Parking was $5 and the cheapest admission is $12. Some 700 contestants will compete for serious prize money this year. Proceeds from the rodeo go to the University of Arizona Scholarship Fund and other worthy charities.
Here are a few photos I took. You can see more at SouthernArizonaGuide.com.
The Tucson Rodeo began way back in the 1920′s during that era of high morals known as Prohibition: if it was fun, it was prohibited. Don’t miss the Rodeo Parade Museum on the rodeo grounds. And don’t miss the Parade this coming Thursday. Gabby & Mark are Grand Marshalls.
On a clear Sunday morning in early February, Neighbor Roy, Ms. Karen, & I arrived at the Arizona-Sonora Desert Museum for our 2nd Behind The Scenes tour, this time of the new Warden Aquarium. Lacey was our guide for our group of 8, including two little boys who looked to be about 4 and 6 years of age. Lacey, a young woman who clearly loves her job, told us that she is an aquarist. An “aquarist” is a curator for aquariums, similar to a zookeeper, but for animals that breath water.
The Aquarium has about a dozen fish tanks. Some are salt water representing the Sea of Cortez, an integral part of our Sonoran Desert south of the border. The other tanks have fresh water representing our now almost completely lost above-ground fresh water. Because human population has caused the loss of over 90% of Southern Arizona’s free-flowing rivers and streams, it’s not hard to understand that most of the creatures in the fresh water tanks are endangered. Many in the Sea of Cortez are also struggling to survive.
The Yaqui is a river in Sonora Mexico and was the home of our Southern Arizona Yaqui Indians before they were driven out by the Mexican army in the late 1800′s. That river has been badly degraded by farmers. The Yaqui topminnows, Mexican stonerollers, beautiful shiners, and Yaqui chubs are all found in the San Bernardino Wildlife Refuge not far from Douglas, AZ. Many of these fish have been threatened by habitat loss, wildfires, and invasive species. The Desert Museum partners with Fish & Game to care for fish that were “rescued” from a wildfire so they can be return to the wild and repopulate their native waters.
Yaqui Catfish are also found in the Rio Yaqui. It is the only catfish native to Arizona and their numbers have been reduced by the non-native catfish via hybridization and competition. While still found south of the border, most on the Arizona side have been extirpated and re-introduced in hopes of reviving their population. The one in the tank we saw was about 18 inches long.
Apache trout are one of only two native trout species and is our Official Arizona State Fish. They were one of the first species listed under the Endangered Species Act in 1969. Despite efforts, they are still threatened by mismanagement of land, competition and interbreeding with non-native trout that are stocked in their streams.
Pikeminnows are the largest minnow in America, historically growing to 6 feet long and weighing 100 pounds. At that size, one might wonder how they maintain their “minnow-ness”.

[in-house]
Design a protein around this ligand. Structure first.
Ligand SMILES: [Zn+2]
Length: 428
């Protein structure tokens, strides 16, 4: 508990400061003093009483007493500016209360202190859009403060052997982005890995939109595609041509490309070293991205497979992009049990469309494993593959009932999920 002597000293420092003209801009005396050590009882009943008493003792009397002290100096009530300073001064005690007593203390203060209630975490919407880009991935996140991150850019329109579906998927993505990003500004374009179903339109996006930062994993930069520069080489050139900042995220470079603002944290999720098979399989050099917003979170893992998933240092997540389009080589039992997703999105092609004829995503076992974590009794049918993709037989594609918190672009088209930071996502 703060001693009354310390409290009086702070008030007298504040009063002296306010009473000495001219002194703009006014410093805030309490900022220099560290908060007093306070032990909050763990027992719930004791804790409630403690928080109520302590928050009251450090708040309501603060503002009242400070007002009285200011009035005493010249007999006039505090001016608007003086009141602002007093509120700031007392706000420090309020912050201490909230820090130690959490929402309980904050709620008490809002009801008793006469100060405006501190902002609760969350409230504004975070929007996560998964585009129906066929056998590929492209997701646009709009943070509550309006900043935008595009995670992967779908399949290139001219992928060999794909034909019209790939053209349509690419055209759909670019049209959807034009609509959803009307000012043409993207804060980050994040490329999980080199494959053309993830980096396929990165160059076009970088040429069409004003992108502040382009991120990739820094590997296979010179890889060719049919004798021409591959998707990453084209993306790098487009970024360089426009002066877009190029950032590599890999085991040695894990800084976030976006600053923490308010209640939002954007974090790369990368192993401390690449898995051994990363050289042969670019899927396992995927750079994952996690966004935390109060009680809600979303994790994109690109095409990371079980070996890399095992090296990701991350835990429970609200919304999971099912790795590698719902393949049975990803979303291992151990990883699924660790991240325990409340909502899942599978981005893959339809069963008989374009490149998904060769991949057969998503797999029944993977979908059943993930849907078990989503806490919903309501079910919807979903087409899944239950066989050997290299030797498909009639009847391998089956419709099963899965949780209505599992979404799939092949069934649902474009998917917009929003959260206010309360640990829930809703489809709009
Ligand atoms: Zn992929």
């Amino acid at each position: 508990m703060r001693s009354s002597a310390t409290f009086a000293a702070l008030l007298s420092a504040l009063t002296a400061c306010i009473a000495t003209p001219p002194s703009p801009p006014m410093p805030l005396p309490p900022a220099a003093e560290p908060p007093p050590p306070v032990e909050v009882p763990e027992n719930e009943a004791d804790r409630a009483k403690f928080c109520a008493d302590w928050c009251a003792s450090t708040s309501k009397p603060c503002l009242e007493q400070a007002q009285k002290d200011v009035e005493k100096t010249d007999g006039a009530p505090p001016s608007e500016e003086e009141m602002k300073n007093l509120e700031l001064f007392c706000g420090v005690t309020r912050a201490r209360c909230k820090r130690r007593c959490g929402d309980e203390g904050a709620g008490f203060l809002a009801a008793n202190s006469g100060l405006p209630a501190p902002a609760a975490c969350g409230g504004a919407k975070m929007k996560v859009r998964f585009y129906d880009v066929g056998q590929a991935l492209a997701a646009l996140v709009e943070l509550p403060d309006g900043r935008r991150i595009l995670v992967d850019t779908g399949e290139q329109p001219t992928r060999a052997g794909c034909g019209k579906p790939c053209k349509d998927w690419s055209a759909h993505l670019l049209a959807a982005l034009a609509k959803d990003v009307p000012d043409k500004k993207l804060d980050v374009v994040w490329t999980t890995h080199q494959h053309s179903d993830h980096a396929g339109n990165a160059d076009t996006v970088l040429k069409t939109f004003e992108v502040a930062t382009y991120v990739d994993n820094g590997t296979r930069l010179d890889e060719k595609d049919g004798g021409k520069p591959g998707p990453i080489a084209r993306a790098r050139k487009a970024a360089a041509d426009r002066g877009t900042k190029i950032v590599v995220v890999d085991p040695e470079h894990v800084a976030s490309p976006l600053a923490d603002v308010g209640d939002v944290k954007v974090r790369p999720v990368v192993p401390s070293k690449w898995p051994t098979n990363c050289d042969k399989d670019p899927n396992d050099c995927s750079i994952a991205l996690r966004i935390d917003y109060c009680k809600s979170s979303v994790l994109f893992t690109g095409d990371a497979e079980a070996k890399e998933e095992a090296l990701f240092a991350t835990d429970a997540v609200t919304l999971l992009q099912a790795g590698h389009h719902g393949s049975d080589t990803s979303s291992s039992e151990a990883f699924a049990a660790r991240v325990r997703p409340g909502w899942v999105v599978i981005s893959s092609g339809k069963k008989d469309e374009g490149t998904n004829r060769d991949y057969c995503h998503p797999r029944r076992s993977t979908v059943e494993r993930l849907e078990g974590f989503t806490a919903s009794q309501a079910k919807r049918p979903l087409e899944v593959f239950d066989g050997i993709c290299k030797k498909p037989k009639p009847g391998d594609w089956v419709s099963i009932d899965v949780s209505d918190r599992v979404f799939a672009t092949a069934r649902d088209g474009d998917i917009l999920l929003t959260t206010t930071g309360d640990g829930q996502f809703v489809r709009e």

The razorback suckers can live more than 40 years and have a keel-like dorsal fin that allows them to stay along the bottom of fast flowing rivers. Both of these species have been greatly affected by dams built along their native rivers and by introduced non-native fishes.
The bony-tail and round tail chubs prefer flowing pools, rivers and lakes but their habitat is now divided by dams. A population of bony tail in Lake Mojave are 40 years old but aren’t reproducing. Once abundant, their numbers are dwindling and they are also listed as endangered.
Cabo Pulmo Reef
The Cabo Pulmo reef tank is a representation of the area off the tip of the Baja California peninsula. People in that community have worked together to conserve this area as a National Marine Park since 1995. Even though the laws are difficult to enforce, the community has continued educating others and their hard work is paying off. The diversity of wildlife is returning.
Sea of Cortez
The Sea of Cortez is famous for its diversity of species, including a highly endangered porpoise, the vaquita (model of a mother and calf hanging above the Cabo reef tank). There are only a couple hundred of theses shy porpoises left and most are only seen dead in fishermen’s nets. The main threats to this area include overfishing, pollution from runoff, and trash such as plastics. Many commercial fishing practices are unregulated, and unsustainable. The trash poses many threats to the wildlife who may die from entanglement, ingestion, or even toxic exposure as these compound take many years to degrade but never fully disappear.
One of the many benefits of this Behind The Scenes tour is you get to handle the creatures in the “touch tank”. If you have young children, this is a “must do”. They will be fascinated. You have to wash your hands before putting them in this tank. But once your hands are clean, you can pick up the arrow crab (or spider crab), dwarf red-tip hermit crab, chestnut cowrie, turbo snail, sand star, serpent star (or Brittle Star), sea cucumber, and sea hare ( brown sea slug with “bunny ears”).
The price for each of the Desert Museum’s Behind The Scenes tours is $35. But readers of our SouthernArizonaGuide.com can get a $5 discount by clicking on the Desert Museum’s advertisement in the Guide. Here too you can get a more detailed description of each of the BTS tours. These are private tours with the Museum’s professionals. Each offers a very rich, in-depth experience. If you’re looking for an amazing experience for your school-age children, these tours are highly recommended. Last November, we took the Walk On The Wild Side tour and it was great. Ms. Karen wants to do the Winged Wonders (hummingbird) tour next.